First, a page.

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Solving Quadratic Equations


Date: 03/07/97 at 20:49:53
From: Caitlin
Subject: Using algebra to find dimensions of a rectangle

A certain rectangle has an area of 80 square units. Its length is one 
more than three times its width. What are the dimensions of the 
rectangle?  Draw a diagram, solve the problem, and write an equation.  

I drew and labeled the diagram with the length as 3x+1 and the width 
as x.  My equation is (3x+1)(x) = 80.  I am stuck on how to solve the 
equation.  I got as far as 3x^2 + x = 80.  Now what do I do?  


Date: 03/10/97 at 04:26:27
From: Doctor Mike
Subject: Re: Using algebra to find dimensions of a rectangle

Dear Caitlin,
  
You made a very good start on the problem.  My only suggestion so far 
is that "x" does not always have to be the unknown.  If you had used 
"w" for width, and 3*w+1 for the length, then it's easy to keep track 
of what the unknown means when you get to the end of the problem.  
This is not an error, just something to think about when you do more 
and more complicated problems.  
  
If you subtract 80 from both sides you get 3x^2 + x - 80 = 0, which is 
a quadratic equation in standard form.  This kind of problem comes up 
a lot and there are two main ways to solve it.
 
1. If you can factor the equation into the product of 2 things, then 
you can make good use of a well-known fact about numbers: 
  
          If A*B = 0, then either A = 0 or B = 0  
  
Your equation is sort of tough to factor.  The factored version is  
(3x+16)*(x-5) = 0. Go ahead and multiply it out to see that it is the 
same.  Now we know that the width x must satisfy EITHER 3x+16 = 0 OR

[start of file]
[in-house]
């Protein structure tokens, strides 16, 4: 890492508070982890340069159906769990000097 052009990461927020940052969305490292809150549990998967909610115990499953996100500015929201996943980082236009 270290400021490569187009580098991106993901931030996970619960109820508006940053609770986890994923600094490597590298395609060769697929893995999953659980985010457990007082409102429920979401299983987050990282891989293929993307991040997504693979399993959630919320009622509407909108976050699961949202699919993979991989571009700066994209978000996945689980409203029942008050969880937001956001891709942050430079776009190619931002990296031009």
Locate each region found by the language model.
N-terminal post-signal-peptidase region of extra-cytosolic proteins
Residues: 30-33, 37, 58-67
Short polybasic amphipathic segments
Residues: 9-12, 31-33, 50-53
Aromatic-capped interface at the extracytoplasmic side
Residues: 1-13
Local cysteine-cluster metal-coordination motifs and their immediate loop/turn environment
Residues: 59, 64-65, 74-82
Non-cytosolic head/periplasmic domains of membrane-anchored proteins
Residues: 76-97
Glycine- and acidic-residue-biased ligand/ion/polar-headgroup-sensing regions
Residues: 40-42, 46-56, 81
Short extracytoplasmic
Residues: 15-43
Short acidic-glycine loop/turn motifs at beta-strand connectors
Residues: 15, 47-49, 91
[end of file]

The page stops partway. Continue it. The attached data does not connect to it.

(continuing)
x-5 = 0.  The width has to be a positive number and only one of these 
solutions is greater than 0. (Keep in mind that the main reason 
anybody factors quadratic expressions is precisely because of that 
"A*B = 0" rule above.)
    
2. It's time you should memorize the quadratic formula.  It says that 
*IF* an equation is in the form  A*x^2+B*x+C = 0, then the 2 solutions 
for that equation (also called zeros because the right side is zero) 
are given by the formulas: 
   
         -B + sqrt(B^2 -4*A*C)          -B - sqrt(B^2 -4*A*C) 
    x = -----------------------    x = ----------------------- 
                  2*A                            2*A   
    
You should go ahead and try this method also.  It is very valuable 
because factoring can often be difficult.  You will see again that one 
x-value solution is positive and one is negative.  Only the positive 
one makes sense.  By the way, "sqrt" means the square root function.  

Of course, you should make sure you get the same answer by method 1 
and by method 2, and after you get your answer, go back and check 
to make sure that it works.  In your problem that means to multiply 
the width x by the length 3*x+1 and verify that you really get 80 
square units.
  
I hope this helps.  

-Doctor Mike,  The Math Forum
 Check out our web site!  http://mathforum.org/dr.math/   
    
Associated Topics:
High School Basic Algebra
Middle School Algebra

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